I don't think press is saying it's good or wished for; he's just pointing out one obvious and definite silver lining. I know in South Florida, western Broward County was growing only sluggishly until August, 1992; after Andrew the area went through a massive growth spurt spurred on almost entirely by the need to rebuild and relocate.

One of my biggest clients is a very large roofing company. No one there wants a storm to hit--but they are prepared for the possibility that if/when it does happen, they'll be busier than they've been since Wilma came through.

It's just accepting reality, that's all...


Broward County's gain was South Dade's loss.
Member Since: September 23, 2005 Posts: 14 Comments: 11154
Quoting utilaeastwind:


watcher... does it look to you that Cindy is slowing it's west movement?
Cindy ? Or Harvey if it is named ? Looks like it is. I am wondering if the strengthening will cause it to move more WNW.
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From the HHs data I've seen so far this will probably upgraded to 45-50mph TS Harvey at 11 est., jmo.
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I think Tropical Depression #8 will be Tropical Storm Harvey at 11AM.

Expect a code red at 2PM IMO...
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000
URNT12 KNHC 191232
VORTEX DATA MESSAGE AL082011
A. 19/12:13:30Z
B. 15 deg 59 min N
083 deg 18 min W
C. 850 mb 1457 m
D. 30 kt
E. 144 deg 51 nm
F. 221 deg 20 kt
G. 136 deg 17 nm
H. 1004 mb
I. 16 C / 1525 m
J. 18 C / 1521 m
K. 17 C / NA
L. NA
M. NA
N. 12345 / 8
O. 0.02 / 2 nm
P. AF302 0308A CYCLONE OB 09
MAX OUTBOUND AND MAX FL WIND 32 KT NW QUAD 12:21:00Z
;

Member Since: September 23, 2005 Posts: 14 Comments: 11154
3186. MahFL
Quoting stormwatcherCI:



97L firing off convection pretty good this morning. Looks like it just needs to build some to the SE of the LLC.


Does it have a LLC yet ?
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Well if Reed is right,and the center is at 14n and 48w.Well lets see, its moving 20mph due west 270 degrees,it would have to start taking a sharp northerly component pretty soon to end up north of the islands.At the current speed and heading it will be at 60w by 7pm tommorrow night and still below 15 north.It really looks like 1)a Georges track,2)a gustav track,3)ivan track.4)fredrick track.5)a Lili or isadore track.Floyd went north of the islands then turned back west,then gradually went wnw,nw then north off the east coast of florida.In summary this still is late August Not sept.A trough that strong is very sketchy.I remeber the same thing being said about Georges about a Through.That did not materialize.In summary Reed imho unfornately for the gulfcoast i think its 1 of those 5 scenarios I listed above.Good day.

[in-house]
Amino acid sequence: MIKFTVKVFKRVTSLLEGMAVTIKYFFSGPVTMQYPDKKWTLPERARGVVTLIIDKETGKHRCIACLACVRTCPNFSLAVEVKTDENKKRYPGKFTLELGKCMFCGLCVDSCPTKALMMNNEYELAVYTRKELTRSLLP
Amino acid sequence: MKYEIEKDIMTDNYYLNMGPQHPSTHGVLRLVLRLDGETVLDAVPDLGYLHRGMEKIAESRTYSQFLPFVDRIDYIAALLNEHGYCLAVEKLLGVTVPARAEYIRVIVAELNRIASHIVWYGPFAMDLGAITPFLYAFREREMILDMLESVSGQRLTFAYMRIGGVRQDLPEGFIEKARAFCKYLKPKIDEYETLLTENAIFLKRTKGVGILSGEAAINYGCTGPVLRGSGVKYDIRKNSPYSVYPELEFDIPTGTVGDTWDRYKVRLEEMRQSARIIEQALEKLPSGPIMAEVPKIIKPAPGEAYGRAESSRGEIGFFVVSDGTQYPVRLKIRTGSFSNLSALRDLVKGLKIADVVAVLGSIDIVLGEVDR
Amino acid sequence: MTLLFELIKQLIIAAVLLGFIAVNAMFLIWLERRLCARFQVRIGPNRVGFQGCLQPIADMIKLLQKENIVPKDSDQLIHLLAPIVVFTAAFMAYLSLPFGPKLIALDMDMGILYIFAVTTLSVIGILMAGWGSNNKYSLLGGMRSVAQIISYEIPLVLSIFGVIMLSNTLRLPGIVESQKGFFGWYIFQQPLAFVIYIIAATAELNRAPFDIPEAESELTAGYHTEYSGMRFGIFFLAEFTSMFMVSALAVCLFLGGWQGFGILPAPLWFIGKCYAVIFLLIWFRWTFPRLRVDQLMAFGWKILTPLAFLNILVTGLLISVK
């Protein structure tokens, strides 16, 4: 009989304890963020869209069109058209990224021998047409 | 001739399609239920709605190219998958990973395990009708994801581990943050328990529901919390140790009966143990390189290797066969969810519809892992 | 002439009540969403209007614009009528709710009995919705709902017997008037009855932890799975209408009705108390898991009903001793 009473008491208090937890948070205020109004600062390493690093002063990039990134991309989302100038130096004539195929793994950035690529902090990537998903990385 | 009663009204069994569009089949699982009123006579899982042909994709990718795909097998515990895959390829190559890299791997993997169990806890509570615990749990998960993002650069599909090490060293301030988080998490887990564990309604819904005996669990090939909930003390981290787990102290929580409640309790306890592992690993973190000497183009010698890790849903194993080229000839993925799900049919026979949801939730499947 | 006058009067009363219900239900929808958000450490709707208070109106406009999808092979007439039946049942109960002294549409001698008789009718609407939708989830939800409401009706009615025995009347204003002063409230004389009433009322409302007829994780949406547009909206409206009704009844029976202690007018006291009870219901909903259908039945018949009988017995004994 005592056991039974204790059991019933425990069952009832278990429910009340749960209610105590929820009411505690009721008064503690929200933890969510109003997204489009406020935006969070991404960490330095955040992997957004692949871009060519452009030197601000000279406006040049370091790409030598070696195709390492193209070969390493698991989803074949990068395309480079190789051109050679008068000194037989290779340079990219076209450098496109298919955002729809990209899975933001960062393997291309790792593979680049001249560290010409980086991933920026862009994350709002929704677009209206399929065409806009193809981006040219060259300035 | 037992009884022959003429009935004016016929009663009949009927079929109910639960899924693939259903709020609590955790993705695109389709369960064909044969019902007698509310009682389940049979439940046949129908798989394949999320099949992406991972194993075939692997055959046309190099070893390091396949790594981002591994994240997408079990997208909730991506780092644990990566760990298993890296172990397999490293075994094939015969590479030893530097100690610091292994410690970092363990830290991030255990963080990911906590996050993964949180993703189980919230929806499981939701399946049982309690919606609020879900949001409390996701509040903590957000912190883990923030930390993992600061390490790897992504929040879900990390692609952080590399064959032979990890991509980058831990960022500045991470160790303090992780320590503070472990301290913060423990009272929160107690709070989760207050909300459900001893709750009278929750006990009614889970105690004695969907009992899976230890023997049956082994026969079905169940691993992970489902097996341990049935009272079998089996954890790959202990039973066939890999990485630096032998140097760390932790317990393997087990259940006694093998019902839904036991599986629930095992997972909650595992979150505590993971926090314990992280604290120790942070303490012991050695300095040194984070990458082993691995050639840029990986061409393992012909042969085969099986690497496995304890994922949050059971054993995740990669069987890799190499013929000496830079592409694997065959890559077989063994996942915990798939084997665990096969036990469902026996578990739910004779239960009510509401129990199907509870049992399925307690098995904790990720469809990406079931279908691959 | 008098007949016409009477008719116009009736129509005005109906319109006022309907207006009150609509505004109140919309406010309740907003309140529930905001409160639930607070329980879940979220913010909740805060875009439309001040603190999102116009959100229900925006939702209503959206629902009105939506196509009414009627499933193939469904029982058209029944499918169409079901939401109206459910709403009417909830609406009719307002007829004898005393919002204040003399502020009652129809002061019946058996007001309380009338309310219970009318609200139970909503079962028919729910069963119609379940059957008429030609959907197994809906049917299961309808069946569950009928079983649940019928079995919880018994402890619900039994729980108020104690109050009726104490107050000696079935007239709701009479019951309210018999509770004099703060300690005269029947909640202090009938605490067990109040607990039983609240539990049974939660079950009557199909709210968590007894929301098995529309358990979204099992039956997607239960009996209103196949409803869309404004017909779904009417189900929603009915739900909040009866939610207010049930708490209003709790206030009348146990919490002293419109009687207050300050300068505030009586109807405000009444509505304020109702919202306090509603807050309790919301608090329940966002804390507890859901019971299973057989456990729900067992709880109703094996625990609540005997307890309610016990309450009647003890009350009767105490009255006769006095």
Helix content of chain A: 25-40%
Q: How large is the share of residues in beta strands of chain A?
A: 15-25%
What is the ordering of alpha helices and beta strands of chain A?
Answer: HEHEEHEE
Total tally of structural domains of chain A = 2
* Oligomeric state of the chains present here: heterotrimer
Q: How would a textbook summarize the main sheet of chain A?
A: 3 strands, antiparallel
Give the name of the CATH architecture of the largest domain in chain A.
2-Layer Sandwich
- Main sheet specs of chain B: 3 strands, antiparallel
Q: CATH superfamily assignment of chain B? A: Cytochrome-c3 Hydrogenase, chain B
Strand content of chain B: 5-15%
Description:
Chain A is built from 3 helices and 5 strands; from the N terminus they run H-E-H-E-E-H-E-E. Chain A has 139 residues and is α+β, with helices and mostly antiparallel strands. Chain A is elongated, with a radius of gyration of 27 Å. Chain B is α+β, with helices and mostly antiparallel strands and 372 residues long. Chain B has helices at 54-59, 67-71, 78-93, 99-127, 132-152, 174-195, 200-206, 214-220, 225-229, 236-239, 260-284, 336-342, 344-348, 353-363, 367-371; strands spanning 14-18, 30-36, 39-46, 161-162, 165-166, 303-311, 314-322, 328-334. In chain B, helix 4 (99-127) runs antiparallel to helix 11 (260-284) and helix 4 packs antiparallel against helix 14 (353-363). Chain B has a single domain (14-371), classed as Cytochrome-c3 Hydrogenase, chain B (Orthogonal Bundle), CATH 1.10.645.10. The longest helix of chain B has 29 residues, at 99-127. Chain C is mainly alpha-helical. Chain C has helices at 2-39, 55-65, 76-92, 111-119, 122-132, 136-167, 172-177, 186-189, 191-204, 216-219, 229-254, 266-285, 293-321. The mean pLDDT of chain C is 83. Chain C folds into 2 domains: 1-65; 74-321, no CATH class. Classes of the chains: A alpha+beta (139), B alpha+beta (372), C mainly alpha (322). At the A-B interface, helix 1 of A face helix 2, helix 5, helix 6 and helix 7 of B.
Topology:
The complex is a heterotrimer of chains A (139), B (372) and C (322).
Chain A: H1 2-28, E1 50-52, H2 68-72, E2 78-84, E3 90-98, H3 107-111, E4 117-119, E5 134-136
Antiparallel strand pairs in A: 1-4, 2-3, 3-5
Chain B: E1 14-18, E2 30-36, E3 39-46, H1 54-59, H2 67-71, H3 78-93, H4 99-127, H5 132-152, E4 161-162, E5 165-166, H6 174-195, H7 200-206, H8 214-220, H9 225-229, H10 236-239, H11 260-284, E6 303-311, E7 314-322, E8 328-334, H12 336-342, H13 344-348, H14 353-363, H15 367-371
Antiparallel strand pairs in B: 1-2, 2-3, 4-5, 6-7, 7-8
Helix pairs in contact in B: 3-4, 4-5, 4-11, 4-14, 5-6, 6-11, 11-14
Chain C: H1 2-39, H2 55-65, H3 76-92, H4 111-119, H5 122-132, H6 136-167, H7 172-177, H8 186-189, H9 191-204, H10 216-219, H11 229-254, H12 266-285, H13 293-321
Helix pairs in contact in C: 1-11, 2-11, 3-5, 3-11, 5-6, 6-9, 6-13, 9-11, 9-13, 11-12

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Advantageous shear set up for 97L.
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Quoting yonzabam:



That's just nonsensical. Just because GDP rises as a result of disasters due to the costs of reconstruction, doesn't mean that this is a positive thing. Would a global nuclear war be good for the global economy?

I don't think press is saying it's good or wished for; he's just pointing out one obvious and definite silver lining. I know in South Florida, western Broward County was growing only sluggishly until August, 1992; after Andrew the area went through a massive growth spurt spurred on almost entirely by the need to rebuild and relocate.

One of my biggest clients is a very large roofing company. No one there wants a storm to hit--but they are prepared for the possibility that if/when it does happen, they'll be busier than they've been since Wilma came through.

It's just accepting reality, that's all...
Member Since: Posts: Comments:
Quoting stormwatcherCI:
This is from the HH decoded data:

46.3 knots (~ 53.2 mph)
Tropical Storm


watcher... does it look to you that Cindy is slowing it's west movement?
Member Since: Posts: Comments:
This weekend is a good time to go over the hurricane supplies. I have most of everything, but just want to make sure I am not missing anything.
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Quoting yonzabam:



That's just nonsensical. Just because GDP rises as a result of disasters due to the costs of reconstruction, doesn't mean that this is a positive thing. Would a global nuclear war be good for the global economy?


unfortunately he is correct...the building industry which is down would skyrocket putting thousands back to work, the retail would boom for supplies, the utilities would boom due to repairs, etc...when people have more money, they spend more money...it is an economic fact...been there, done that...way back when hugo hit charleston, i worked at one of the only restraunts in N. Chas that was open...we had thousands every day that were eating as we had generators and food...people stood in line for hours waiting for a table...people that didnt know each other shared tables...we worked for 10-12 hours every day...had to have special passes to be on the road after curfew as we closed after dark...it is sad but it is true
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Hurricane David was my first and was stationed at Charleston AFB, SC. Storm was forecasted (local weather) to come over North Charleston. Was on the ride-out team so I sent the wife and newborn to her parents house further inland. They got more of the storm than the bae did.